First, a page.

Next week, Santa Cruz will host the world premiere of a work by American composer John Adams, commissioned by the Cabrillo Festival Orchestra in honor of Marin Alsop, and it’s serendipitous for many reasons. One of them is that Adams, a Pulitzer-prize-winning composer of opera and symphonic works, was himself the interim artistic director of the Festival in 1991, during the period between a Dennis Russell Davies sabbatical and the hiring of Alsop as director for her unprecedented 25-year tenure.
A frequent contributor to and featured artist of the Festival, Adams and his wife Deborah O’Grady established in 2011 an invitational competition for young composers to create short musical pieces. Those selected each year add to the rich texture and youthful energy of the innovative annual program. Many a career has thus been launched.
This year Adams was commissioned to create a tribute and musical farewell to the outgoing artistic director. And the ridiculously busy composer just happened to have an idea-in-progress up his sleeve. On Aug. 6—the second evening of this year’s Festival—audiences will be treated to an orchestral piece excerpted from a larger work, an opera about the California gold rush Adams is in the throes of creating with his frequent colleague Peter Sellars (Doctor Atomic).
The new work represents a moment in Adams’ larger work in progress called The Girls of the Golden West, partly inspired by Puccini’s opera Girl of the Golden West (La fanciulla del West).
“Peter Sellars wanted to do an update of that opera,” Adams says. “He had been asked to do the Puccini opera thinking that the libretto was very dated. I read the libretto for the Puccini and found out that the librettist [Guelfo Civinini, working from a play by American David Belasco] actually did spend time in California.” The Puccini opera premiered in New York in 1910. “But we’re looking at the story with modern eyes,” Adams promises.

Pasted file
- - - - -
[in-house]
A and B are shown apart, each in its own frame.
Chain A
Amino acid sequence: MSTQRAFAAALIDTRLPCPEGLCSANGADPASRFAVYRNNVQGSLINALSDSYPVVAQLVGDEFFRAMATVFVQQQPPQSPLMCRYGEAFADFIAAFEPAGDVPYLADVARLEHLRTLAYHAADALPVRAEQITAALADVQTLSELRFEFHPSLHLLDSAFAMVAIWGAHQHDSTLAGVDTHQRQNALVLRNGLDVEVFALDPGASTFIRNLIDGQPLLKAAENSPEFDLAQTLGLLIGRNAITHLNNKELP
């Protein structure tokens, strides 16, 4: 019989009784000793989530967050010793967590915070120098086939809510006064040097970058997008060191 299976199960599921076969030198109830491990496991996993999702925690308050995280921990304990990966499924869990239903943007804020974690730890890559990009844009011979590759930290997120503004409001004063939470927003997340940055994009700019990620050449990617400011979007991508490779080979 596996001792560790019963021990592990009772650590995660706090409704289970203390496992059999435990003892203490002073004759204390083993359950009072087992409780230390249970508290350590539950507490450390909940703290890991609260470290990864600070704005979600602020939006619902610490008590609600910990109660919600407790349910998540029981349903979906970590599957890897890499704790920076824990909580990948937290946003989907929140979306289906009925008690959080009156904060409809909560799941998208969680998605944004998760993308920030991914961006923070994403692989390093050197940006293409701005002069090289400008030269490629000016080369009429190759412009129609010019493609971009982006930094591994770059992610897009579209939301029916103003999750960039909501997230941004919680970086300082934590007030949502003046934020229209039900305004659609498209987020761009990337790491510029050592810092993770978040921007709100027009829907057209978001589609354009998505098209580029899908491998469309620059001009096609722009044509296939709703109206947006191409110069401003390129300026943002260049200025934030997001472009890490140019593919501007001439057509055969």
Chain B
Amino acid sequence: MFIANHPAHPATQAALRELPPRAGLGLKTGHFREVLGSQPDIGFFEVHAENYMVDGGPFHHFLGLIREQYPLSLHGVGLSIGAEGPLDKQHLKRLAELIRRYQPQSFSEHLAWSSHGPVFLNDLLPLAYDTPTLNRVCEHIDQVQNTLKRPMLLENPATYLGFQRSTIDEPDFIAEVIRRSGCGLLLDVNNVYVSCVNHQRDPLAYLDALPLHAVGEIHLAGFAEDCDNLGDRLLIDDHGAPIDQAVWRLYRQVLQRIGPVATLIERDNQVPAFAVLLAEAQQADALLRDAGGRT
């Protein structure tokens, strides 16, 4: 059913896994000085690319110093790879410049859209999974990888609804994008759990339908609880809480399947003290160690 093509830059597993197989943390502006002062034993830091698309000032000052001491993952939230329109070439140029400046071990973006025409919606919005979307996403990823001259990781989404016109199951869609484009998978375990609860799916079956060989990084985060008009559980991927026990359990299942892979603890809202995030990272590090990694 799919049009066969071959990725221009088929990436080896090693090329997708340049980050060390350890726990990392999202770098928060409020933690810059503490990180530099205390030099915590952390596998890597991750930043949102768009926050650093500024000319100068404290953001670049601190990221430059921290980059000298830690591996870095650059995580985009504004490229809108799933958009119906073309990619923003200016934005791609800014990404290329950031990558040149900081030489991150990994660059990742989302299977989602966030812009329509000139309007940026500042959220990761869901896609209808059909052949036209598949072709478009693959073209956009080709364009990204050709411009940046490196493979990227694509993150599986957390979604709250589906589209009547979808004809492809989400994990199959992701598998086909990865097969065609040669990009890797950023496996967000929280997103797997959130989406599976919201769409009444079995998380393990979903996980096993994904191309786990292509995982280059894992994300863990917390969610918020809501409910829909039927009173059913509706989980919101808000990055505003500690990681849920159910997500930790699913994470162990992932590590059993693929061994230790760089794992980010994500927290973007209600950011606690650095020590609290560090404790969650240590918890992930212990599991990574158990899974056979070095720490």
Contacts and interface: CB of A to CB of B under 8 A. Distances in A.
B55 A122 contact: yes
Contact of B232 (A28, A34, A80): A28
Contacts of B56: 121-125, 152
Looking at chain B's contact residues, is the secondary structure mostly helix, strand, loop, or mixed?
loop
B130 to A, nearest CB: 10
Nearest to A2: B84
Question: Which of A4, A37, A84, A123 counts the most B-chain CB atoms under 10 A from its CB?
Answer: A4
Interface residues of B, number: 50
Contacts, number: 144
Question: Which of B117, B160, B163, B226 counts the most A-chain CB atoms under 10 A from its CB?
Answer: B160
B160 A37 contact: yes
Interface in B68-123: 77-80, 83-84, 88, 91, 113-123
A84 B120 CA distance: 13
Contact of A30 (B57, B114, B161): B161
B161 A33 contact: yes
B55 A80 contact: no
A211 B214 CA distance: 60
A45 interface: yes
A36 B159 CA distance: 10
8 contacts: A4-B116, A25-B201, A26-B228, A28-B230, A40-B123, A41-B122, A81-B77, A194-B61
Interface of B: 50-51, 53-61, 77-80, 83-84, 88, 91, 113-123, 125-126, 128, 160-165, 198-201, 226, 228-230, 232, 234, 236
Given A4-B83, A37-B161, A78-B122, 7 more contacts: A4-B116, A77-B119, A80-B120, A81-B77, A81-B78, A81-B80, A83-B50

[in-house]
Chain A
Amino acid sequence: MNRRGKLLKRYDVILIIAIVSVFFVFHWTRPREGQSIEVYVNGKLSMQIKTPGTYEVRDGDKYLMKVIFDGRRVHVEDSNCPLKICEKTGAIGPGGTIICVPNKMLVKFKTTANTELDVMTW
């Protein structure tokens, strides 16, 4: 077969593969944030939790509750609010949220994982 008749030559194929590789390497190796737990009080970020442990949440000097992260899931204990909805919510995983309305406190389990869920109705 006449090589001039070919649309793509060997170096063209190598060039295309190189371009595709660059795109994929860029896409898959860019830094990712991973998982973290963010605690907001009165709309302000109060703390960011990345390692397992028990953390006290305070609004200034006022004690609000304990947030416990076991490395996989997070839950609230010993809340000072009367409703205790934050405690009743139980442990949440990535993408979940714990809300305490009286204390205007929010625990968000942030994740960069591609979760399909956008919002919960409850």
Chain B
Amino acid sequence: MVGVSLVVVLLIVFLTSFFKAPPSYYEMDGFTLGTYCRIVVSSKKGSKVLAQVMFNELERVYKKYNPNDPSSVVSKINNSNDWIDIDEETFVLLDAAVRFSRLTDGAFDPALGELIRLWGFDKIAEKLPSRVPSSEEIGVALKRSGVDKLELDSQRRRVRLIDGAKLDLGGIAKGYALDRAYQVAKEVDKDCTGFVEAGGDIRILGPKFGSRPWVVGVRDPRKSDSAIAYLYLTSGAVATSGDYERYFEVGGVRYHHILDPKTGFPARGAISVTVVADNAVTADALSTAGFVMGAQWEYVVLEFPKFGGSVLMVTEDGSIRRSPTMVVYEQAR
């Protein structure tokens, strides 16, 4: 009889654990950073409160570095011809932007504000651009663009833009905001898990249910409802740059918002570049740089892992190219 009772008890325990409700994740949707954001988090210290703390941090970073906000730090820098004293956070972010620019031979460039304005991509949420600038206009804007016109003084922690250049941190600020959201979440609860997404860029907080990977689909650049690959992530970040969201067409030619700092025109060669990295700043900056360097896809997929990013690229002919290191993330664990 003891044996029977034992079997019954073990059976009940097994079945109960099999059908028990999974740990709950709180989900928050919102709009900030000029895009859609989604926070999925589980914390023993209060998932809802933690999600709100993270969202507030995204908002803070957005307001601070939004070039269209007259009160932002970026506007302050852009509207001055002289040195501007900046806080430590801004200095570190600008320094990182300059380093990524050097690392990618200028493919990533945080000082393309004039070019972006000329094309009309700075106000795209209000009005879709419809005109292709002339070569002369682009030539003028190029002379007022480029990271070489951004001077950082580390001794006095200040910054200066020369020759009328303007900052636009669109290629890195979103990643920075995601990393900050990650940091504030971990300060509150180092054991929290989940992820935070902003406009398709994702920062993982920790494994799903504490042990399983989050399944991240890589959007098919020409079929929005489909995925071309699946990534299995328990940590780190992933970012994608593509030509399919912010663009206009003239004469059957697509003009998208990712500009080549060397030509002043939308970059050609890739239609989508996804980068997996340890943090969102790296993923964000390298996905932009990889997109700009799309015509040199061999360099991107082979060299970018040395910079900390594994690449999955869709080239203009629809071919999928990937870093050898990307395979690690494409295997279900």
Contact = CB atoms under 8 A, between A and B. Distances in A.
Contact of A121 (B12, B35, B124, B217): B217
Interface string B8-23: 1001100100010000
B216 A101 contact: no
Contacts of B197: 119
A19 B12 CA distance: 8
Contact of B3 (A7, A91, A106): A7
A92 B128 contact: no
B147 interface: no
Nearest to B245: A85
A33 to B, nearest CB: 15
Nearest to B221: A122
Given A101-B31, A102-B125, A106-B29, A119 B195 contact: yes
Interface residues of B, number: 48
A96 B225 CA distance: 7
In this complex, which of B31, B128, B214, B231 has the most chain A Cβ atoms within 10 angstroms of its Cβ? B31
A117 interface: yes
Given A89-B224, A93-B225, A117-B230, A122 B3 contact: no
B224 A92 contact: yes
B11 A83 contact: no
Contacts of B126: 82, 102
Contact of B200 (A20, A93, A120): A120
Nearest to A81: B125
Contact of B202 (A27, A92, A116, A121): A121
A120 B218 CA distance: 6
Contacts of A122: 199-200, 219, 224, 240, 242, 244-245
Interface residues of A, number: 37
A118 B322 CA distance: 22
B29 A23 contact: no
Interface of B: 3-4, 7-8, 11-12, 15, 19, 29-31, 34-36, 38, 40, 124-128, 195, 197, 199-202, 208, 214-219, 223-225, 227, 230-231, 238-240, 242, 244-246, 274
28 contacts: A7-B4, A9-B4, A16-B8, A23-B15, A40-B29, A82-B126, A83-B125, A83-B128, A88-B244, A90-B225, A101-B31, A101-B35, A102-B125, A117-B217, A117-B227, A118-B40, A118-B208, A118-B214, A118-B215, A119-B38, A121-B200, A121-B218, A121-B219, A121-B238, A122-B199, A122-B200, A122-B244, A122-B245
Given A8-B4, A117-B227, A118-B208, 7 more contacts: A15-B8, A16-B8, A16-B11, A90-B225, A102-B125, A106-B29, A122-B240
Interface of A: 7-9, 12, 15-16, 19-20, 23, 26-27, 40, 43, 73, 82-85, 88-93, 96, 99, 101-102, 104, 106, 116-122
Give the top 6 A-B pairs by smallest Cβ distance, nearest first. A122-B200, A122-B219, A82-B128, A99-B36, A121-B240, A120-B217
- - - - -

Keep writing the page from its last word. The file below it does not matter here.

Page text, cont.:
As he thought about what he might create in honor of Marin Alsop, Adams found something close at home. “There is an orchestral portion—a dance for Lola Montez—within the opera I am working on,” he says. “The idea was sparked by a San Francisco newspaper from the 1880s, where we found a histrionic description of her rather fabulous spider dance.”
Adams reminded me that Montez was a celebrated and controversial fixture of courts, saloons, and theaters the world over in the mid-19th century. “She was the mistress of King Ludwig I of Bavaria, who made her a countess,” he says. The Irish-born Montez also had an affair with Franz Liszt (among others) before she fled Europe for the wild frontier of the California gold rush. Here she developed her daring spider dance which she flaunted in the gold fields of Australia as well. Montez was a girl of two golden Wests, as it turns out.
Adams, who confessed he hadn’t yet written the music for Montez’ dance, has used the occasion of the Alsop commission to “jump ahead in the opera and write this section. It’s a stand-alone piece for Marin and I expect she will perform it elsewhere in the future.”
Montez was only one of the “girls of the golden west” Adams and Sellars describe in the upcoming opera. Few women ventured into the 1850s gold fields, but Adams found two extraordinary stories.
“I have a little cabin in the high Sierras near Downeyville, and there was a famous event that happened there,” Adams says. “A young Mexican woman was working in a bar and was harassed by a miner. She stabbed him to death. Apparently there was a quick trial and within 24 hours the town had hanged her. We wove a lot of stories around her,” he reveals. “And the other woman was Louise Smith Clappe, who wrote for a local newspaper under the name Dame Shirley. She spent 18 months in crude mining camps, and she wrote letters, called the Shirley letters, that I consider an outstanding example of 19th-century American literature,” he says. Clappe and her physician husband had come to the West for the mountain climate, and the writer mined her personal experience of the gritty ambience of the rough mining camps during the 1850s height of gold fever. “We’ve created scenes around those letters,” Adams adds, tantalizingly.
“The opera will premiere in 2017, the year of my 70th birthday,” he says. “San Francisco Opera seemed the right place to premiere it, given the history behind the opera.” Will there be more operas from the composer of The Death of Klinghoffer? “More opera?” Adams laughs. “I’ve been working on this opera daily for almost two years, and I’ve just begun orchestrating the second act. It’s a lot of work.”
A sneak preview of Adams’ next opera can be heard on Aug. 6, as the composer’s gift to outgoing conductor Alsop.
Edit 7/27/16 11:00am: Opera incorrectly attributed to John Adams was removed.